The location of the bullet wounds, especially one in the top of the head, suggests that Brown was “giving up, or … charging forward at the officer.” My money is on “charging forward” — all 6’4″ and 292 pounds of him. Thus the seemingly large number of shots (six), which probably were fired in rapid succession. Why? Here’s an analogy: When a beast charges a hunter, the hunter doesn’t shoot once; he keeps shooting until he runs out of bullets or the beast drops dead.
UPDATE 2 (08/19/14): Consider the source, but this version of the shooting is consistent with the (plausible) explanation offered in Update 1.
UPDATE 3 (09/07/14): Speaking of (pseudo) libertarians, I just happened across this post, in which the author empathizes with the destructive goons of Ferguson; for example:
I cannot possibly imagine the rage and indignation that I would feel if I were regularly accosted by the police, questioned, detained, searched, arrested, or even just heckled. Or even just ignored when I needed help. I would feel not like a citizen but like a subject. Not like a fellow American, but like a detained, suspected, alien.
Jefferson said that he thought this the strongest government on earth, “the only one where every man, at the call of the law, would fly to the standard of the law, and would meet invasions of the public order as his own personal concern.” If many black and Hispanic Americans, and the residents of our inner cities, do not feel this way–especially after four decades of an unconstitutional, unwinnable, immoral war on drugs–well, I find it hard to blame them.
Where is the outrage about the high rates of “real crime” committed by blacks against persons and property? Where is the hint of understanding that socioeconomic status is related to intelligence? Where is the condemnation of a culture that fosters crime and indolence? For some relevant background, see “The Freespace Posts,” especially the third of the introductory paragraphs.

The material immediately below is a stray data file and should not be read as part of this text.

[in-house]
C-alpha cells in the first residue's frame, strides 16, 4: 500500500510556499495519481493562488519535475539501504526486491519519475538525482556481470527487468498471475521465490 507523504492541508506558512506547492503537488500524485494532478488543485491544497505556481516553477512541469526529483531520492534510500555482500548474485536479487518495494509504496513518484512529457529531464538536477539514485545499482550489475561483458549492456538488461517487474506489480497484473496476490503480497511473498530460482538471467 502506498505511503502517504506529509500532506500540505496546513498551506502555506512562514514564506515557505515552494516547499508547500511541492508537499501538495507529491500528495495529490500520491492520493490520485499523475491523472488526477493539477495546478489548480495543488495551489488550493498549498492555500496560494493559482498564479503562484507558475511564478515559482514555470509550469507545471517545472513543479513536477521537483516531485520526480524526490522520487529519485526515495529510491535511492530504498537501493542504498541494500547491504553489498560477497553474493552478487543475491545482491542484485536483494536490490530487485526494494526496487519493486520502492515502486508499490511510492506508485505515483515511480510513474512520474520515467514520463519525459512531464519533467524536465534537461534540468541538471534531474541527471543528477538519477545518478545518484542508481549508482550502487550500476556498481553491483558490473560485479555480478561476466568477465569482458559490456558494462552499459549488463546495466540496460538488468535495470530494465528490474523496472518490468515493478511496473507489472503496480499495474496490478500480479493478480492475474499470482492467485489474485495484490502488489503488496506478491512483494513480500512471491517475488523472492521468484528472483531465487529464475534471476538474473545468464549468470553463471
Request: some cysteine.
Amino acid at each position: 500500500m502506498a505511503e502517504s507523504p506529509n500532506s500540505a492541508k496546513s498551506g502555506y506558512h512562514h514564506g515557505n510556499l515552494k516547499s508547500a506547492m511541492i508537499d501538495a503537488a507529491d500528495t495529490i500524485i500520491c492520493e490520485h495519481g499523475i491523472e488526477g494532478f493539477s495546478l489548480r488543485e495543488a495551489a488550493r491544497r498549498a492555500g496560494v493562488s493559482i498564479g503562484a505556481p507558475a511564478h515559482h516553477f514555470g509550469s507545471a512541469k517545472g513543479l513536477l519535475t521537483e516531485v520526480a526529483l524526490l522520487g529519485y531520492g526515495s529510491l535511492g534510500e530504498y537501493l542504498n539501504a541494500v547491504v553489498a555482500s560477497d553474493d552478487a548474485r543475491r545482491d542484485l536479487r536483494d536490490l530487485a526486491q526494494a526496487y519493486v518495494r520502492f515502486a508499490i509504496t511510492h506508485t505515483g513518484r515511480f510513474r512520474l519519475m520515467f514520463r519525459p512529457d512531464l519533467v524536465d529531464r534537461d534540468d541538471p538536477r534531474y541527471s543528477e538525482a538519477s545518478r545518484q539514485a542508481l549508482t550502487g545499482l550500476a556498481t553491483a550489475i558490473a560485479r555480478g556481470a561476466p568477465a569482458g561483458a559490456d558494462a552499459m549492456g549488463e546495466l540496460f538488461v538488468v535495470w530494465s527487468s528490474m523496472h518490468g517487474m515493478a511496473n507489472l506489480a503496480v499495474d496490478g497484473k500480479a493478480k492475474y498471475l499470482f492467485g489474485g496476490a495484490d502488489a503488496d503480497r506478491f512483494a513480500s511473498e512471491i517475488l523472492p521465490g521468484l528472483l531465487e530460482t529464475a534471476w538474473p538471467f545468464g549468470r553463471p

UPDATE 4 (09/18/14): An experienced police officer with no stake in the Brown case offers a convincing analysis (which just happens to parallel mine): http://chrishernandezauthor.com/2014/08/24/a-dose-of-reality-for-ferguson-missouri/
UPDATE 5 (10/25/14): This story, from The Washington Post, summarizes the state of play:
Ferguson, Mo., police officer Darren Wilson and Michael Brown fought for control of the officer’s gun, and Wilson fatally shot the unarmed teenager after he moved toward the officer as they faced off in the street, according to interviews, news accounts and the full report of the St. Louis County autopsy of Brown’s body….
Some of the physical evidence — including blood spatter analysis, shell casings and ballistics tests — also supports Wilson’s account of the shooting, The Post’s sources said, which casts Brown as an aggressor who threatened the officer’s life….
The St. Louis Post-Dispatch late Tuesday night published Brown’s official county autopsy report, an analysis of which also suggests that the 18-year-old may not have had his hands raised when he was fatally shot, as has been the contention of protesters who have demanded Wilson’s arrest….
Experts told the newspaper that Brown was first shot at close range and may have been reaching for Wilson’s weapon while the officer was still in his vehicle and Brown was standing at the driver’s side window. The autopsy found material “consistent with products that are discharged from the barrel of a firearm” in a wound on Brown’s thumb, the autopsy says.